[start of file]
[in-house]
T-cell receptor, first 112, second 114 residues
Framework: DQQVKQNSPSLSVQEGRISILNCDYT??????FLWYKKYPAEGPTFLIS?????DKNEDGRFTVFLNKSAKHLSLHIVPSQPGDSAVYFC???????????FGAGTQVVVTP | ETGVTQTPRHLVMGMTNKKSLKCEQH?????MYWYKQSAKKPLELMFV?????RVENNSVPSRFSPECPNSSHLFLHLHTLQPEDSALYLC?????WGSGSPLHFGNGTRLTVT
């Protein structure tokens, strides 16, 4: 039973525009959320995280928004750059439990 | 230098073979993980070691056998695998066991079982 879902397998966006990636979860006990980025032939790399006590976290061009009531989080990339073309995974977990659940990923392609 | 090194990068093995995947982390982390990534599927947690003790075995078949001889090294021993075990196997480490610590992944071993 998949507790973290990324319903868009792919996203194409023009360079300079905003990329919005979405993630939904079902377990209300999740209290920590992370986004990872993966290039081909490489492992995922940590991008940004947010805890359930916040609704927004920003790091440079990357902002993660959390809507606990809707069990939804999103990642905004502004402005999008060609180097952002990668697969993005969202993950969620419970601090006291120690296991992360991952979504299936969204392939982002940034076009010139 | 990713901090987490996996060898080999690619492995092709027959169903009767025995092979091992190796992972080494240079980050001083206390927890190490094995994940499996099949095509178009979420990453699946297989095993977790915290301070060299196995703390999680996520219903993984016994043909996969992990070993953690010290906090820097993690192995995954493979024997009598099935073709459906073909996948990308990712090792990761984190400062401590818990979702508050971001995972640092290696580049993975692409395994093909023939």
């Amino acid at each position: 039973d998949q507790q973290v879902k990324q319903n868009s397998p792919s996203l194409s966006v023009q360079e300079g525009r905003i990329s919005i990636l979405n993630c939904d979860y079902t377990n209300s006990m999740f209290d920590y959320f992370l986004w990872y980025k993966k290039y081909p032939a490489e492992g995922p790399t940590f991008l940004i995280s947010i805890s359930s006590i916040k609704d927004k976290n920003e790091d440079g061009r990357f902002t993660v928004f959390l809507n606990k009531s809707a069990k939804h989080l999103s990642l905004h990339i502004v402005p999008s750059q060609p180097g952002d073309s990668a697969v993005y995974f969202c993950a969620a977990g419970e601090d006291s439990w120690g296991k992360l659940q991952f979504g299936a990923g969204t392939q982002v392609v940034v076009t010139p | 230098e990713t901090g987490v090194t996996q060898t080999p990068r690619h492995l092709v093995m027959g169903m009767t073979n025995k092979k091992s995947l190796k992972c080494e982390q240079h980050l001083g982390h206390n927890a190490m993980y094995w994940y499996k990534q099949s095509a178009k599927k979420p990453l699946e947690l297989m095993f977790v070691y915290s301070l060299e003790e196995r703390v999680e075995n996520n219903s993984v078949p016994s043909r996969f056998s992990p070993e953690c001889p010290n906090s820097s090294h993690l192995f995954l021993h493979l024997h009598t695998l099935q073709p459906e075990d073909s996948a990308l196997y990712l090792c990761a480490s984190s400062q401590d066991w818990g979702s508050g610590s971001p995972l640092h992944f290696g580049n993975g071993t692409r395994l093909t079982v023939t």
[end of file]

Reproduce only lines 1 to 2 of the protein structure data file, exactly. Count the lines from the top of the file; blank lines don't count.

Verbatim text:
[in-house]
T-cell receptor, first 112, second 114 residues